Reno’s nightlife is a cornerstone of our culture and economy. Some of our biggest local attractions are the numerous bar crawls that occur throughout the year. These often seasonal-themed alcohol excursions draw large amounts of people, all of whom are looking for a good night out on the town. However, it can also be a magnet for both public and individual legal issues. These large public gatherings, mixed with alcohol, can result in personal injuries and arrests during and after the events. Studies have shown that nearly 25% of all unintentional, and 10% of intentional injuries, around the world can be attributed to drinking events such as bar crawls. Even if you’ve just had a few before you get behind the wheel to head back home, you can still find yourself facing serious legal ramifications for drunk driving or other alcohol related activities.
It’s important to know the laws and consequences regarding DUIs in Nevada. Depending on the case and the offense, the penalties can include heavy fines, license revocation, and even jail time. If you’re of or over the legal drinking age of 21 in Nevada and are found to have a BAC (Blood Alcohol Content) of over 0.08% while behind the wheel, you could face any of the following for a first-time offense if convicted:
- License revocation for 90 days
- Jail sentence of 2 days to 6 months
- 96 hours of community service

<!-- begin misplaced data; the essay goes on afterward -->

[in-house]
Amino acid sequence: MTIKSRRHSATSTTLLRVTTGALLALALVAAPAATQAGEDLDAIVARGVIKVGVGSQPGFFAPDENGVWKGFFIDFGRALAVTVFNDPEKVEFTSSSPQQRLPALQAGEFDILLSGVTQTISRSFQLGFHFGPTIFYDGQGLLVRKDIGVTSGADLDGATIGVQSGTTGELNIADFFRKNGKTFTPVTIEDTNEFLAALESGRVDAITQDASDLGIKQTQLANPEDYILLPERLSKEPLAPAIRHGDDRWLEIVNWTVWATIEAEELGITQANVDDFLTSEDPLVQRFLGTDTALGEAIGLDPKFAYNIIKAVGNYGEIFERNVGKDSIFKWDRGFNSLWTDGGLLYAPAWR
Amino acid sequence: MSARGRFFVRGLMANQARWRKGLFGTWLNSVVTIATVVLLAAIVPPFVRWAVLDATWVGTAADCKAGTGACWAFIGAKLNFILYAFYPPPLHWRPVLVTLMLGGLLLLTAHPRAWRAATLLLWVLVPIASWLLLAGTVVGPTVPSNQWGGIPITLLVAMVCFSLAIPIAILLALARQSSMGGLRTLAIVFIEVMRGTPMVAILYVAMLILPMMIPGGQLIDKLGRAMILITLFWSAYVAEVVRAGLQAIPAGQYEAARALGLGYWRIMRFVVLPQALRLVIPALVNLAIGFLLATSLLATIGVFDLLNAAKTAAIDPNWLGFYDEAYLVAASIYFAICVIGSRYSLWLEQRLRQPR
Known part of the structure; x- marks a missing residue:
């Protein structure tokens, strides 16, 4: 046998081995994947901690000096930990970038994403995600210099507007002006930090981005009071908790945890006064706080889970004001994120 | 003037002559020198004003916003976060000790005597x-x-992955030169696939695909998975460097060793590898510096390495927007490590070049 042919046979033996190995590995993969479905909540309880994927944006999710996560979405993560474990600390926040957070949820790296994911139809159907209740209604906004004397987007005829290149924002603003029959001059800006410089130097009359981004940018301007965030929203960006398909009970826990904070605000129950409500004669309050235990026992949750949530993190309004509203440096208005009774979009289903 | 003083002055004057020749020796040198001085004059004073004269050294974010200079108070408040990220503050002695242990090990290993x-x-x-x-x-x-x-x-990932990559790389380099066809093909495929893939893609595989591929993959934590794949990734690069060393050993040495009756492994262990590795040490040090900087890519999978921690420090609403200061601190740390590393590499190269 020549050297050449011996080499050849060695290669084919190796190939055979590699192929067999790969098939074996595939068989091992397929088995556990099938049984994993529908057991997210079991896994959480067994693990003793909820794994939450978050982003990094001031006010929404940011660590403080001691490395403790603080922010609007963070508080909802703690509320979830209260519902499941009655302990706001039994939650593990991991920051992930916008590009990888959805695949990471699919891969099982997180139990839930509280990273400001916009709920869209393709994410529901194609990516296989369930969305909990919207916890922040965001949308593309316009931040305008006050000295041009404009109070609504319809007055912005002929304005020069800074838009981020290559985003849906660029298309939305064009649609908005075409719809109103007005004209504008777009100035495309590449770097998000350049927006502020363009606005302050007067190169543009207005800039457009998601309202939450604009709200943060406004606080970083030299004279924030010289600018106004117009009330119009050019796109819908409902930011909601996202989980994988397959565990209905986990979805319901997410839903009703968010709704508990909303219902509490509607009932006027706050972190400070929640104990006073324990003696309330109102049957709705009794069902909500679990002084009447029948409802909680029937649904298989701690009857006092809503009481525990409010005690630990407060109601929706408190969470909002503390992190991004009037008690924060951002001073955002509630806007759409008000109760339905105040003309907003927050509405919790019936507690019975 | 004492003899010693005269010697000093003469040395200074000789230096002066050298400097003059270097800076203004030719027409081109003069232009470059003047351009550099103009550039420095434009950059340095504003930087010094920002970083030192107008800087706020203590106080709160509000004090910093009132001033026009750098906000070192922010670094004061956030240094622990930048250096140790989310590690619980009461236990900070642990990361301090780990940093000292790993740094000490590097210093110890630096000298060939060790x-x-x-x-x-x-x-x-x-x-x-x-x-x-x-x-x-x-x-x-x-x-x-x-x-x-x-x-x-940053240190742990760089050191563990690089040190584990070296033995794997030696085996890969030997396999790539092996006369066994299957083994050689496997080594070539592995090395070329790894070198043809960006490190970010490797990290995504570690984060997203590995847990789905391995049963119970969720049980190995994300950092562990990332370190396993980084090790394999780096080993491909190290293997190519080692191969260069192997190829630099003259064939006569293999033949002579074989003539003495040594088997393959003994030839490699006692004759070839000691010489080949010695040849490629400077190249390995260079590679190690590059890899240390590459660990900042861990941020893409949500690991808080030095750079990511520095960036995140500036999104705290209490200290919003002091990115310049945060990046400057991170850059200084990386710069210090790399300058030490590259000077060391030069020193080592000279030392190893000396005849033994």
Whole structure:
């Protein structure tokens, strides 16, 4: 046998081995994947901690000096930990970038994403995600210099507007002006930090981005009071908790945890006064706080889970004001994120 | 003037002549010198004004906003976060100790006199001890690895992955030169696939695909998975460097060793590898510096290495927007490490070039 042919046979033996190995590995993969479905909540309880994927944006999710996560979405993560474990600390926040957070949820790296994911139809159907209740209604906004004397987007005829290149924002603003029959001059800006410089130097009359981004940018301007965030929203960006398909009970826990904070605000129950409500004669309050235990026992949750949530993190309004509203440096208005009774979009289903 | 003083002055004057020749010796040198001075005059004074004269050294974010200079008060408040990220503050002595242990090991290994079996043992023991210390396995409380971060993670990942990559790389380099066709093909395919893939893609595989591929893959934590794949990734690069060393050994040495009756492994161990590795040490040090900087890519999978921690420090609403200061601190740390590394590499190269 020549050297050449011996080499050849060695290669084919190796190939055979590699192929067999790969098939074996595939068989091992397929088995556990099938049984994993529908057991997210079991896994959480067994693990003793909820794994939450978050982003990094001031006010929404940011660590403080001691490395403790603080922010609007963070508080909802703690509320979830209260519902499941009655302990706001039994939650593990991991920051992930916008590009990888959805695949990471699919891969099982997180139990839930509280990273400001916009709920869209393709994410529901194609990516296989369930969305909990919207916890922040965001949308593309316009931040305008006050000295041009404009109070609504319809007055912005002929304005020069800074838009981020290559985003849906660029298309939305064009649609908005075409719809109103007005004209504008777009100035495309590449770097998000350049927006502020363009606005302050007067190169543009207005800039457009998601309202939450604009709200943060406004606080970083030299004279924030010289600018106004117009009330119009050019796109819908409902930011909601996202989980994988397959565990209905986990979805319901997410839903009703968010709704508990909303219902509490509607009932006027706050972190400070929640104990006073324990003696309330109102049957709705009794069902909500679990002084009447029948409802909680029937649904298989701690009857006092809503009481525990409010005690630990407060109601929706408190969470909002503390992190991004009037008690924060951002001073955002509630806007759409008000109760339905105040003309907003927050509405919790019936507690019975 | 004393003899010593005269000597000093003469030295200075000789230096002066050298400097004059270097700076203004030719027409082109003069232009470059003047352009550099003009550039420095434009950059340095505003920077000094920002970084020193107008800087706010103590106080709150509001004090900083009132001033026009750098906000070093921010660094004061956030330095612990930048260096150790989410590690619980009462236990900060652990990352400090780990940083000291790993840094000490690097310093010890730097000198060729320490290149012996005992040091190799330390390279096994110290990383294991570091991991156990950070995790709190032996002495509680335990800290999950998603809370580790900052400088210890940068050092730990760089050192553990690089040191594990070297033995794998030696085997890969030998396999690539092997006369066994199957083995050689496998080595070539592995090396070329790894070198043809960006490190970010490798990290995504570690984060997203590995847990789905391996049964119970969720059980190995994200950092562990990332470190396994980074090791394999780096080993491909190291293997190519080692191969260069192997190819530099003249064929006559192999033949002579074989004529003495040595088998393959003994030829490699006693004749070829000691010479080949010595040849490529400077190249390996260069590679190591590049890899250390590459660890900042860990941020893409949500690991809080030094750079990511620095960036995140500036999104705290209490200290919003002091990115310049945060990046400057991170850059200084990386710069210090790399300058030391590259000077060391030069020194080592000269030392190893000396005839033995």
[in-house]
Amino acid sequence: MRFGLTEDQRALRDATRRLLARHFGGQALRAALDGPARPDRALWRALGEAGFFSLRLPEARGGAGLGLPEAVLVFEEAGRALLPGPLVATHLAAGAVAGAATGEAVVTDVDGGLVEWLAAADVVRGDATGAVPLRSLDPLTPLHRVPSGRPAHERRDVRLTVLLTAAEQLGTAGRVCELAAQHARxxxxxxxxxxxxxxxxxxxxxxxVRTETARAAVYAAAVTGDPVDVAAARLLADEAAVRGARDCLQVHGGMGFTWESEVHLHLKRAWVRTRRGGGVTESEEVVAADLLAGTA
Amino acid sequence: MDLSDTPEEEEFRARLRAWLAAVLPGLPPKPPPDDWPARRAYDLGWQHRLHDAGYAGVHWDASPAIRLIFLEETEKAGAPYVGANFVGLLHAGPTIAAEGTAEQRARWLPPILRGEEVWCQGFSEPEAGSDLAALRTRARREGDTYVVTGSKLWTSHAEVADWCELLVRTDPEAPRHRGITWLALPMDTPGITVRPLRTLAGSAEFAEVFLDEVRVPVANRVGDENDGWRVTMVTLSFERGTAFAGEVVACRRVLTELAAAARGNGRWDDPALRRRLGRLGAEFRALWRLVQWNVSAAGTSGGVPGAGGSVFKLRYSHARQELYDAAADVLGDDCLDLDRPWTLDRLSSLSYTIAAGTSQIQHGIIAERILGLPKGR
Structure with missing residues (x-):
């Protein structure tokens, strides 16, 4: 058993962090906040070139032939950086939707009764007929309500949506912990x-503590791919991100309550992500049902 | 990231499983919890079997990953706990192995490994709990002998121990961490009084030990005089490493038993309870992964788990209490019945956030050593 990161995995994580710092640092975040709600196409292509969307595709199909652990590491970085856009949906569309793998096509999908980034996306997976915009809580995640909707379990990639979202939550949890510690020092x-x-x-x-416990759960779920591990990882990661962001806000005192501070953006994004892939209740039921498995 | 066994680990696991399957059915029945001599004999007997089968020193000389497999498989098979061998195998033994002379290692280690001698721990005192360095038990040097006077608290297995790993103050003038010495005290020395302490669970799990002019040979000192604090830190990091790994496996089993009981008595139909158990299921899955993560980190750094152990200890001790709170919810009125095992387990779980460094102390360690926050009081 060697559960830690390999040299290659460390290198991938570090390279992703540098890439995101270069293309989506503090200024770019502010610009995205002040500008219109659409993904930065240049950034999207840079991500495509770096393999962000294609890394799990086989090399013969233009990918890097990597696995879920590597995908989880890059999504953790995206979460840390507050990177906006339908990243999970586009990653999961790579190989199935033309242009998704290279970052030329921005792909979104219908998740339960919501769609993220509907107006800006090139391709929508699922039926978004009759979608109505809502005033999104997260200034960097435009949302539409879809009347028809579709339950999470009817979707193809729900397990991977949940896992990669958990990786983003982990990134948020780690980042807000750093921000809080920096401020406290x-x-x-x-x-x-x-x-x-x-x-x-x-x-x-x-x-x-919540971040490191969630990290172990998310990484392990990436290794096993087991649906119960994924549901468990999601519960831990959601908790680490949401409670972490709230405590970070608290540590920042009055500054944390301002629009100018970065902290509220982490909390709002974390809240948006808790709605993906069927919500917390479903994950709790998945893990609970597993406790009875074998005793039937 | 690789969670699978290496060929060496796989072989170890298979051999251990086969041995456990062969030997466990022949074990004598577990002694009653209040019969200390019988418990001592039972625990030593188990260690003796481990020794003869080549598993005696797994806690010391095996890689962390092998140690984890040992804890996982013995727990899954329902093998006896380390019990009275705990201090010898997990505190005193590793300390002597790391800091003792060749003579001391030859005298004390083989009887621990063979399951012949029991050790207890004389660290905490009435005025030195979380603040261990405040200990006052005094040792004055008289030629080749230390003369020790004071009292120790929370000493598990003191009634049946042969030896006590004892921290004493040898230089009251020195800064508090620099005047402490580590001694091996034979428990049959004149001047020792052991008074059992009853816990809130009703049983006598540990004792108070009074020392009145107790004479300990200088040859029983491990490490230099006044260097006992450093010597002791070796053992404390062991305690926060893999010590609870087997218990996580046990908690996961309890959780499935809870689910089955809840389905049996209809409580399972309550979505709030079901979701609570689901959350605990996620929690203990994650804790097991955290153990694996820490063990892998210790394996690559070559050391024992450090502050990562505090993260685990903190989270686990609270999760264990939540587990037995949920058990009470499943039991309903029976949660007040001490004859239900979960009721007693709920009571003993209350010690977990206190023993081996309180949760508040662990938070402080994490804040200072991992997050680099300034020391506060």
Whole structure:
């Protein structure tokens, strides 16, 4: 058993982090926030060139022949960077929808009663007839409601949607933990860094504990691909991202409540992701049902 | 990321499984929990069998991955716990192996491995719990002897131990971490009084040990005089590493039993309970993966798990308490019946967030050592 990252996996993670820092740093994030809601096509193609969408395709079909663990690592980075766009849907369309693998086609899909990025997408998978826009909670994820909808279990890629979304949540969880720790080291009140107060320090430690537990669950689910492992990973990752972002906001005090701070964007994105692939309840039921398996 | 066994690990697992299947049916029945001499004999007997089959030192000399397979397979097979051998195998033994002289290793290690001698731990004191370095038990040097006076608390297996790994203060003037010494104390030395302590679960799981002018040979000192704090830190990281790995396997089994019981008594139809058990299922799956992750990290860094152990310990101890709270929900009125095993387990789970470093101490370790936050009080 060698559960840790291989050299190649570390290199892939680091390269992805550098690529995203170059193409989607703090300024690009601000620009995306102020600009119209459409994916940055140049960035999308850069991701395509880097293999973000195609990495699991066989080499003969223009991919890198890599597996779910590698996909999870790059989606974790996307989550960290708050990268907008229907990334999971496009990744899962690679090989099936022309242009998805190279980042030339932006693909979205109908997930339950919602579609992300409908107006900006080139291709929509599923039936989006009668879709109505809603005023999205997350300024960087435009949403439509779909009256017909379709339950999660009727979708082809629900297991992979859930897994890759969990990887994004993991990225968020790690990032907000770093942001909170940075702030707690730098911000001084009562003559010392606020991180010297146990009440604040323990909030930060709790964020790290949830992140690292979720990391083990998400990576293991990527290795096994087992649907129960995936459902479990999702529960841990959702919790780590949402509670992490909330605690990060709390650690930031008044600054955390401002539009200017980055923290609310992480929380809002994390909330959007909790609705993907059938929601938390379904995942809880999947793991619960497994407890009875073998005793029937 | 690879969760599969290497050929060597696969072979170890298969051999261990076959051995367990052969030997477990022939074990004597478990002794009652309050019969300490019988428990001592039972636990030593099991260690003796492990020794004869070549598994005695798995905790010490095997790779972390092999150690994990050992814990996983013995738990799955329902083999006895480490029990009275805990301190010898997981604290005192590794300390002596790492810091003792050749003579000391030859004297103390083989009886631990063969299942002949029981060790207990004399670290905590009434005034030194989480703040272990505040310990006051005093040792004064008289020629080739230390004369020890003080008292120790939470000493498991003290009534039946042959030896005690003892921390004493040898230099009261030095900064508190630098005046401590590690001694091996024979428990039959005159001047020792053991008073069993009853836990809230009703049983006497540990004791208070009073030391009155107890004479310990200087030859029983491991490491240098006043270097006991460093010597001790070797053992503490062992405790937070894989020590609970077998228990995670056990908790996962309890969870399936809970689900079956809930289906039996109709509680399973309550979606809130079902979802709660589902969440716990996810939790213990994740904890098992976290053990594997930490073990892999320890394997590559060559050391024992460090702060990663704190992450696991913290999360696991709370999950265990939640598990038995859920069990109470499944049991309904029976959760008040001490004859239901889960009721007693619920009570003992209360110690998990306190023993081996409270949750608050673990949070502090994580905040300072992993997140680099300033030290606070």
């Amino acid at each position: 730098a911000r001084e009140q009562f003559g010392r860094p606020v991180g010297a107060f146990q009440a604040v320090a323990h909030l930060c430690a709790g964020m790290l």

- Fine of $400 to $1000
If you are pulled over and an officer requests a BAC test, you must comply. Refusing to do so gives the officer permission to use force and arrest you for resisting. Nevada also has an Implied Consent Law pertaining to BAC testing. Basically, once you get behind the wheel, you are giving your implied consent to be tested for alcohol in your system in the hypothetical event that you are pulled over. Refusing a BAC test will also result in a one-year minimum license revocation. Although driving under the influence is taken very seriously in Nevada, public intoxication is not a crime in our state. It is not against the law for you to be inebriated in public during one of Reno’s bar crawls. If an officer tries to arrest you for such a charge, be respectful but know your rights. There is no legal penalty for public intoxication in Nevada. It is important to note, however, that intoxication is not a legal excuse for committing a crime while under the influence. There is also the protective custody rule in Nevada, wherein officers can take you in if they feel you are a threat to yourself or to others while intoxicated. If you are taken into custody, officers may try to charge you with crimes related to public intoxication. In this case, it’s very important to have strong legal defense against what might be unwarranted charges.